Shipsterns Bluff, Tasmania
Two hours outside of the Tasmanian capital of Hobart, there exists a wave of unusual size and girth. Known as Shipstern Bluff, it's a deformed, fanged mutant of a wave. It's remote, shark-infested and breaks on a practically dry reef, making getting slammed to the bottom an ever-present threat. But for some inexplicable reason, surfers, like "Hell and High Water" star Ryan Hipwood, think it is actually fun to ride.
James Hollmer Cross
Proof that a wave can make a man, nobody in the surf world knew who James Hollmer Cross was until he started pulling into barrels like this at Shipstern Bluff. One of the most experienced surfers out there today, he makes these kind of situations look too easy. Calculated in his approach, he threads the line of life and limb like a surgeon.
Raoul Bay, Tamania
Perched out on the edge of the Tasman Peninsula, Raoul Bay endures the heaviest surf the southern Tasman Sea can throw at it. It also makes for a heck of a surf setup. The trail out to Shipstern Bluff is long and by no means easy, but for surfers of a certain ilk, it's well worth the effort.
Hit The Gas
There are some waves around the world where a surfer's ability to stall and park themselves in the tube is a virtue. In the case of Shipstern, it's best to not hide behind the curtain for too long. Give all the stairsteps and deformities in the wave's face and heaving lip, things can go wrong in the blink of an eye. Get in, enjoy the view, and get out.
Shipstern occasionally beckons to big-name surf stars. There's nobody bigger than Kelly Slater, and he finds the wave one of the most challenging ever. On a quick-strike mission to score this swell, the 11-time world champ unexpectedly showed up in the morning and got busy, much to the delight of local photographers.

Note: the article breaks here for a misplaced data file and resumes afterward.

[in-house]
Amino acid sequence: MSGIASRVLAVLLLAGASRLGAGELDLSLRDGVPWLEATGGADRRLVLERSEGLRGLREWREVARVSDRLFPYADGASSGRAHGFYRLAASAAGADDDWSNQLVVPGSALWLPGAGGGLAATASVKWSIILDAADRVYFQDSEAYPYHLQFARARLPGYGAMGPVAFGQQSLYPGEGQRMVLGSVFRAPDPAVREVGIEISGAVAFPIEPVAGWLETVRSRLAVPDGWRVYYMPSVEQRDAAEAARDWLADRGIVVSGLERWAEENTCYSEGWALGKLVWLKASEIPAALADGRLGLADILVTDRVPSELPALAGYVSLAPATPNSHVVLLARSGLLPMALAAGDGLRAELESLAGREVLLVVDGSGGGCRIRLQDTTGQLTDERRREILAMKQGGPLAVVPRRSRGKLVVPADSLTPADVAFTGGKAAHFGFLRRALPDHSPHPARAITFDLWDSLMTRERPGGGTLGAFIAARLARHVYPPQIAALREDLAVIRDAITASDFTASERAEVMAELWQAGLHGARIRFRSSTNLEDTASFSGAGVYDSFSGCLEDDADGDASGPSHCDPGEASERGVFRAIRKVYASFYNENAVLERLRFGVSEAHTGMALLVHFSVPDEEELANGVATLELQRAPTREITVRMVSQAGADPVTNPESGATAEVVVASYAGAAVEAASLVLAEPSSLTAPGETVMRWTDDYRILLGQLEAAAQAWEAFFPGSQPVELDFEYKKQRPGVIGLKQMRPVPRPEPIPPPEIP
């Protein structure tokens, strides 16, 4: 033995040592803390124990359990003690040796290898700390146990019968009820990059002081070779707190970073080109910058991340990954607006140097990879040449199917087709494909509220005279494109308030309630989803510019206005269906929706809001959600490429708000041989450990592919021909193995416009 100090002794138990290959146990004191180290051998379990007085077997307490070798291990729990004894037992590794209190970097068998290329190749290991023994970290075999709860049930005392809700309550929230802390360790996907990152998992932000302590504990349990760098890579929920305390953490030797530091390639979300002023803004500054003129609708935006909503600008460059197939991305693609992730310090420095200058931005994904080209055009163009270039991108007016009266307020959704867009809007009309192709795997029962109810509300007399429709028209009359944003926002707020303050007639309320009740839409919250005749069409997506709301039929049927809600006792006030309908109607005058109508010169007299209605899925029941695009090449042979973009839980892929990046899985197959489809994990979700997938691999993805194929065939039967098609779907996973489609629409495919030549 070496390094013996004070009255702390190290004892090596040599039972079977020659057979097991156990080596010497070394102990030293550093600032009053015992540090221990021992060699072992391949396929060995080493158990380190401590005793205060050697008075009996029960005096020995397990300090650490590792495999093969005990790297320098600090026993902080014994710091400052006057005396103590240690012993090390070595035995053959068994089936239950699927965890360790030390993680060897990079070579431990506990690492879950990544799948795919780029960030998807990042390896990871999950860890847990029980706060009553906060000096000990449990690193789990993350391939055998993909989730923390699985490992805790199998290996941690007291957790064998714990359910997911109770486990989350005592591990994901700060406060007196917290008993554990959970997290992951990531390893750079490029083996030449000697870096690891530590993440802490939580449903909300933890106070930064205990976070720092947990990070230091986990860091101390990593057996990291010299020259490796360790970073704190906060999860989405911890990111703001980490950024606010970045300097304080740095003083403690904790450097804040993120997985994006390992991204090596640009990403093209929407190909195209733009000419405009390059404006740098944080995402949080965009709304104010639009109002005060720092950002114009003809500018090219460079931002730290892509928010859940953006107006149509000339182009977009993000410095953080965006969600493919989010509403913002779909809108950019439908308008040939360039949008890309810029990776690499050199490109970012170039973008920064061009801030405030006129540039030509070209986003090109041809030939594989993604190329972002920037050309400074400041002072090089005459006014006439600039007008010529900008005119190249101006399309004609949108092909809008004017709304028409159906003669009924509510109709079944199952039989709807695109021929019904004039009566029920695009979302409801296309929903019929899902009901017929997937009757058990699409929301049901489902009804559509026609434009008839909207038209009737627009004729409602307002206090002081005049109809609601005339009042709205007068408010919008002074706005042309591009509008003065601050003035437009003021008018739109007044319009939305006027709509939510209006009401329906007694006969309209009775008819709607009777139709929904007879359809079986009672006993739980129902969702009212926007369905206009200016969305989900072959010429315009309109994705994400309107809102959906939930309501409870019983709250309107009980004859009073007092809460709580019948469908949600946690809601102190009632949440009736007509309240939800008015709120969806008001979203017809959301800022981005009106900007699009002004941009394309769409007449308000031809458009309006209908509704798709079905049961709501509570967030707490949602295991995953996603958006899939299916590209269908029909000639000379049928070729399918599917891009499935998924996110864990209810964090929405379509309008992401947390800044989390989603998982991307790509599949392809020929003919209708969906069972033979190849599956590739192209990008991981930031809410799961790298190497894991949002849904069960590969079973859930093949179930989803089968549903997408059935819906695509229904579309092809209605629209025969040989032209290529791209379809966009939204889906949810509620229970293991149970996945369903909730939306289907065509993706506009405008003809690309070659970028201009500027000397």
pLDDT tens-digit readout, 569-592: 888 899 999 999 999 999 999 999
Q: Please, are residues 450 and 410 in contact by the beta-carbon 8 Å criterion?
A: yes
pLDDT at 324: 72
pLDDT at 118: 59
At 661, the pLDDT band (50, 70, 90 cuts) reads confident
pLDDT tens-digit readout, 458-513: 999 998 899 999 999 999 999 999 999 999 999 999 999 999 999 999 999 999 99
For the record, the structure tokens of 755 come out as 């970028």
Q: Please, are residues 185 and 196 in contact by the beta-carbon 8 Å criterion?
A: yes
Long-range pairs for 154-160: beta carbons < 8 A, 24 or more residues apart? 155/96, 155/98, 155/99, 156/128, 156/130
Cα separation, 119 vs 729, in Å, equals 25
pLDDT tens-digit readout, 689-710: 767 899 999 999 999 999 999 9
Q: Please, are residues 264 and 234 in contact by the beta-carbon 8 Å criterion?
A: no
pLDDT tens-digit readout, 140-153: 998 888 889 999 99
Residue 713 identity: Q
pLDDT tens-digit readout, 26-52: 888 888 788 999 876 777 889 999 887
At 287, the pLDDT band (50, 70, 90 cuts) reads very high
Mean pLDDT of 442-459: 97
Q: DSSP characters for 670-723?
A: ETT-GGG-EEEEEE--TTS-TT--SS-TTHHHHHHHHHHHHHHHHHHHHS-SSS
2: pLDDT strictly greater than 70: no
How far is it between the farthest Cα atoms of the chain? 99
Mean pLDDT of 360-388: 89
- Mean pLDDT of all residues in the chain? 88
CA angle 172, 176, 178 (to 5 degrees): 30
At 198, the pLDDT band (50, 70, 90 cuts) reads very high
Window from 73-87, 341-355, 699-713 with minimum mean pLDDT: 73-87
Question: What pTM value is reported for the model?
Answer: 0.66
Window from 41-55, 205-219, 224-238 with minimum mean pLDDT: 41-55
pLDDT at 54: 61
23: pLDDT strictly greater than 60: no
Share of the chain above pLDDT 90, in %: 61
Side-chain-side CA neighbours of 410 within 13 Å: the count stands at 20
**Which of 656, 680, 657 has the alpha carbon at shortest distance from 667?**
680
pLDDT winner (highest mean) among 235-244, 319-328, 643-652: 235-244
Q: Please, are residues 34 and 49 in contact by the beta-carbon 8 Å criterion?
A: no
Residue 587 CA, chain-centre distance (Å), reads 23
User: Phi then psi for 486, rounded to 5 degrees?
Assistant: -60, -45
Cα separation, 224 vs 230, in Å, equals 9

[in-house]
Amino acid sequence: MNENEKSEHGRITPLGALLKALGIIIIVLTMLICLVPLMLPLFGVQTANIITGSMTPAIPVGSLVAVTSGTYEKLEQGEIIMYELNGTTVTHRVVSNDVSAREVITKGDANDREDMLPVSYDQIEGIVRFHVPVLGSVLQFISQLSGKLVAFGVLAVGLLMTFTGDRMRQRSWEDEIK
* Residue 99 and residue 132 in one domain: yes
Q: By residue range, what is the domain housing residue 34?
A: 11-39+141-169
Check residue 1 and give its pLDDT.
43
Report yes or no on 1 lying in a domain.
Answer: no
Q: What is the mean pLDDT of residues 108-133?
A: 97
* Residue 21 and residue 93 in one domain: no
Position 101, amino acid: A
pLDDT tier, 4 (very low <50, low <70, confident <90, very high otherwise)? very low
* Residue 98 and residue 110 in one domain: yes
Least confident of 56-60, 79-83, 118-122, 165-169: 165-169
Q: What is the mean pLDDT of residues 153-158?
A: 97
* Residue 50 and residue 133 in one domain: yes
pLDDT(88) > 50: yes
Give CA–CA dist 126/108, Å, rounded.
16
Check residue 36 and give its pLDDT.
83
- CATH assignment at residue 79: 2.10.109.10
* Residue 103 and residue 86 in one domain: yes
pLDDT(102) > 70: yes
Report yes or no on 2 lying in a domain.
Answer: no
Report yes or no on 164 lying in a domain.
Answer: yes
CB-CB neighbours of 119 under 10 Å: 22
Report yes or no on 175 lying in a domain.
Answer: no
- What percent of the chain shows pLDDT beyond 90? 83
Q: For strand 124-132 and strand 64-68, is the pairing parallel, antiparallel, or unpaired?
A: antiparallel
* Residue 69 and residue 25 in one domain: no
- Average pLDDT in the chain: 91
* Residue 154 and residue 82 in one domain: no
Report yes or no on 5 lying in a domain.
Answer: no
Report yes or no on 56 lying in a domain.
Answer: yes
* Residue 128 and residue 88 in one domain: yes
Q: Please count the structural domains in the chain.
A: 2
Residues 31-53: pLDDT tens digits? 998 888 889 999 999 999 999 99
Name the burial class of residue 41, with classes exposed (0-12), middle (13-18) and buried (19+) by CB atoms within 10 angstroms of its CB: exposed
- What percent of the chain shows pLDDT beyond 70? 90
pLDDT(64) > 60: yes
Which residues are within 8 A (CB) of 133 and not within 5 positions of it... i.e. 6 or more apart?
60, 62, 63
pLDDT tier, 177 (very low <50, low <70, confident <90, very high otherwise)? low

Ninety-nine percent of the surfing population around the world would be stoked to pull into that little barrel at the bottom of the wave. Not guys like Jame McKeen. Little waves like that are mere speed bumps. Just the same, that's an interesting place to attempt a bottom turn.
Wait Your Turn
Timing sets for the paddle out is a must. Jump off the rocks while a set pours in, and you're bound to end up pinned back on the shelf. At this point you've come too far; there's no turning back, but patience is key.
Duck and Cover
Nobody said paddling out was going to be easy.
No Time Like The Present
Once you've picked your window and decided to paddle out, there's no turning back. It's a leap of faith into the sea for every surfer at Shipsterns.
James Hollmer Cross
In skateboarding they call this "clearing a gap." When surfing Shipstern, it's just pure survival. James Hollmer Cross looks to stick the landing and set up a lifesaving bottom turn as the beast bears down on him.
Laid Back and Blasted
Is this poor bloke really throwing a layback cutback under the lip here? No. It's just a case study of what happens when one is strapped into their board and the ocean turns inside out. To be sure, wipeouts like this hurt.
In the 10-plus years that people have been tempting fate at Shipstern Bluff, there have been plenty of serious injuries to keep medics busy. Miraculously, there haven't been any reported fatalities.
One From Above
Glassy with a seemingly tapered lip line, Shipstern looks a lot less scary from a seagull's point of view.
One Chop Over The Line
As an unidentified Shipstern regular is finding out, there's not much left to do in a situation like this except hope, pray and hold your breath.
Broken But Not Beat
A broken board or two is to be expected after a session at Shipstern. But as the old adage goes, better the board than the person. Given how bent people get there, some foam and fiberglass is a small price to pay. And besides, it makes for a good story on the hike back to the car.
Burn Baby Burn
A roaring fire, a few bottles of brew, and a wealth of horror stories to tell make for a proper end to an epic day of surfing in Tasmania.